ASIA MARKETS: Shanghai Index Loses Yearly Gain But Other Asian Stocks Rise Modestly
By Kevin Kingsbury and Gregor Stuart Hunter
Nikkei climbs; China's trade surplus narrows
Asian stocks vacillated Thursday but largely finished higher as some of the week's slump was unwound.
Japanese stocks were lifted and Hong Kong stocks turned higher but Shanghai's stock benchmark fell and turned negative for the year as large-cap stocks declined.
In Japan, Bank of Japan Gov. Haruhiko Kuroda, while declining to discuss future monetary-policy action, renewed his pledge to continue the central bank's easy policy (https://www.wsj.com/articles/bojs-kuroda-says-it-is-too-early-to-discuss-exit-strategy-1518077875)
In China, economic data showed the country's trade surplus narrowed sharply in January (http://www.marketwatch.com/story/china-foreign-trade-accelerates-in-january-2018-02-08) as imports surged. But analysts again warned that Chinese economic numbers are distorted at the start of each year by the timing of the Lunar New Year holiday.
The volatility of the past week was inevitable, given the lull that had preceded it, said Tai Hui, chief market strategist for Asia at J.P. Morgan Funds.
"I'm surprised that people were surprised," he said, while calling the past week's stock pullback "somewhat overdue." Hui is recommending that clients buy stocks in expectation of further gains.
Other analysts were more tempered.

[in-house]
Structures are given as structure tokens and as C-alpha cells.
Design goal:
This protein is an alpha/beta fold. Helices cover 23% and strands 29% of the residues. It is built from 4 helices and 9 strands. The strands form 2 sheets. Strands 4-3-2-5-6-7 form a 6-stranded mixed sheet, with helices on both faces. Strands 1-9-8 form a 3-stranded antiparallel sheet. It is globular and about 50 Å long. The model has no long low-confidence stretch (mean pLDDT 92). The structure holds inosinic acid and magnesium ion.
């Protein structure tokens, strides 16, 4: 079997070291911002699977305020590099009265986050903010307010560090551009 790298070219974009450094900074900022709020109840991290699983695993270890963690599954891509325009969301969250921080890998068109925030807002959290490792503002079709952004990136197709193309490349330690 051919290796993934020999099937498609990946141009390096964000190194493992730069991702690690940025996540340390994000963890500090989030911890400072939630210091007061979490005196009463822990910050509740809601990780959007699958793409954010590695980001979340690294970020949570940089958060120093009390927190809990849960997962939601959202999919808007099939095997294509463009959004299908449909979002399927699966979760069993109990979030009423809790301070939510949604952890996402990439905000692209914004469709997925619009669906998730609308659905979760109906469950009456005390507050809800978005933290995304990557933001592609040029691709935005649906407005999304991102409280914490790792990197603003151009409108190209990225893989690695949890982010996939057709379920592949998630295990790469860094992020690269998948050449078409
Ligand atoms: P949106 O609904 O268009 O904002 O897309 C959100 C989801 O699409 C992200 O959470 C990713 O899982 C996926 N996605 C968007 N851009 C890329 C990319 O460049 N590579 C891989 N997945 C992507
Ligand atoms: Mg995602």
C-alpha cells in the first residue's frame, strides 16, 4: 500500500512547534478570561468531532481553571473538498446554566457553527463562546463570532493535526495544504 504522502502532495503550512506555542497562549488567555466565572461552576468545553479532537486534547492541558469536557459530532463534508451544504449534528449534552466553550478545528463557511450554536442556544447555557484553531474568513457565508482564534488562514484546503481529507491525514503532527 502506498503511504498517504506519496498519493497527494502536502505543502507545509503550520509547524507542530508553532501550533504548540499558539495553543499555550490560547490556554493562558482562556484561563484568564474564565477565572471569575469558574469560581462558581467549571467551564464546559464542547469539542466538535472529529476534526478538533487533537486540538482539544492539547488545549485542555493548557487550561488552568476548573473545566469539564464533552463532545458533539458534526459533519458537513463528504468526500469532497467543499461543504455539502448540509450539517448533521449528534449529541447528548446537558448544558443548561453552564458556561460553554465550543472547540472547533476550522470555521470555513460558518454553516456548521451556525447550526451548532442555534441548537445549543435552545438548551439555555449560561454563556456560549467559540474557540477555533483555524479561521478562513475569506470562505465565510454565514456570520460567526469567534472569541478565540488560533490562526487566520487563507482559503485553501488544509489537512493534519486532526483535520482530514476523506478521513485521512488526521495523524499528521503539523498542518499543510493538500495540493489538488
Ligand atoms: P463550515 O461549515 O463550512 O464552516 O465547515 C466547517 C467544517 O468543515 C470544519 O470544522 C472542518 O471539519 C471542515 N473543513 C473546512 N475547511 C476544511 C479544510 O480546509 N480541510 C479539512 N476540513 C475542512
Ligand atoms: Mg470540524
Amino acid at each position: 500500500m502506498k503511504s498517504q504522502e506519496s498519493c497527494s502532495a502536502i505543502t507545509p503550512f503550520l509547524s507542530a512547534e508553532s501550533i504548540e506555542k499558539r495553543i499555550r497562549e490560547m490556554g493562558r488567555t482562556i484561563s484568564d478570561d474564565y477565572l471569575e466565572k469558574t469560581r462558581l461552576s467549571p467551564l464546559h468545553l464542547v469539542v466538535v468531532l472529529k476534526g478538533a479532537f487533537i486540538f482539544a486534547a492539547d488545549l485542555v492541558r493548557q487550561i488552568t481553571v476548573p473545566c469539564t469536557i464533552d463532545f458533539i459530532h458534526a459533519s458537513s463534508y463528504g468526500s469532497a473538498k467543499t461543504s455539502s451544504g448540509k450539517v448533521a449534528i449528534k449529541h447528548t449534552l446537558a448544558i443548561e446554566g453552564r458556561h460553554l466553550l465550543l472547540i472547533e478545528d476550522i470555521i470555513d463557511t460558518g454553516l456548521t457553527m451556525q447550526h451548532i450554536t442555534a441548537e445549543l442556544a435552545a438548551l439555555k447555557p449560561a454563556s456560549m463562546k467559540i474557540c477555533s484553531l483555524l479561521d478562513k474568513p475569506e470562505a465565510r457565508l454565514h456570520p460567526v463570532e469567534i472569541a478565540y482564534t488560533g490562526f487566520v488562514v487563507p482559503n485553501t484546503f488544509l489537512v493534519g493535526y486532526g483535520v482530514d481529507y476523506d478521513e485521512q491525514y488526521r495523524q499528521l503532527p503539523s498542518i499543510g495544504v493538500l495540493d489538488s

"We think that it is too soon to sound the all-clear," Capital Economics said in a research note. "Our expectation is that unbridled optimism will give way to growing pessimism as it becomes clear that the U.S. economy will slow in response to tighter Fed policy and fading fiscal stimulus."
After strong European gains on Wednesday were followed by a late-day selloff in the U.S (http://www.marketwatch.com/story/dow-poised-to-slide-give-up-chunk-of-rally-2018-02-07)., the Shanghai Composite was among the notable movers on Thursday in Asia. It dropped 1.4%, wiping away the rest of this year's gains.
Coming into today, the index was among the few in Asia still up for 2018. That group still includes Hong Kong's Hang Seng , which is up 1.8% this year. On Thursday, the index rose 0.4%.
Japan's Nikkei climbed 1.1% on Thursday, and South Korea's Kopsi picked up 0.5%.
Australia's benchmark and Singapore rose 0.2% and 1%, respectively, Taiwan's index fell 0.2%.
Meanwhile, the yield on 10-year Treasurys fell to 2.81% from 2.84% after congressional leaders said they had reached an agreement on a two-year budget deal. Bond yields fall when prices rise.
In regional economic news, Japan reported its biggest current-account surplus since 2007 for last year. The yen remained steady compared to Wednesday levels versus the dollar as the greenback was broadly little changed.
But New Zealand's dollar fell 0.5% to a one-month low against the U.S. currency, even as the country's central bank met expectations by standing pat on interest rates (http://www.marketwatch.com/story/new-zealands-rbnz-leaves-rates-on-hold-2018-02-08), as some viewed the policy statement as slightly dovish.
(END) Dow Jones Newswires
February 08, 2018 05:15 ET (10:15 GMT)Copyright (c) 2018 Dow Jones & Company, Inc.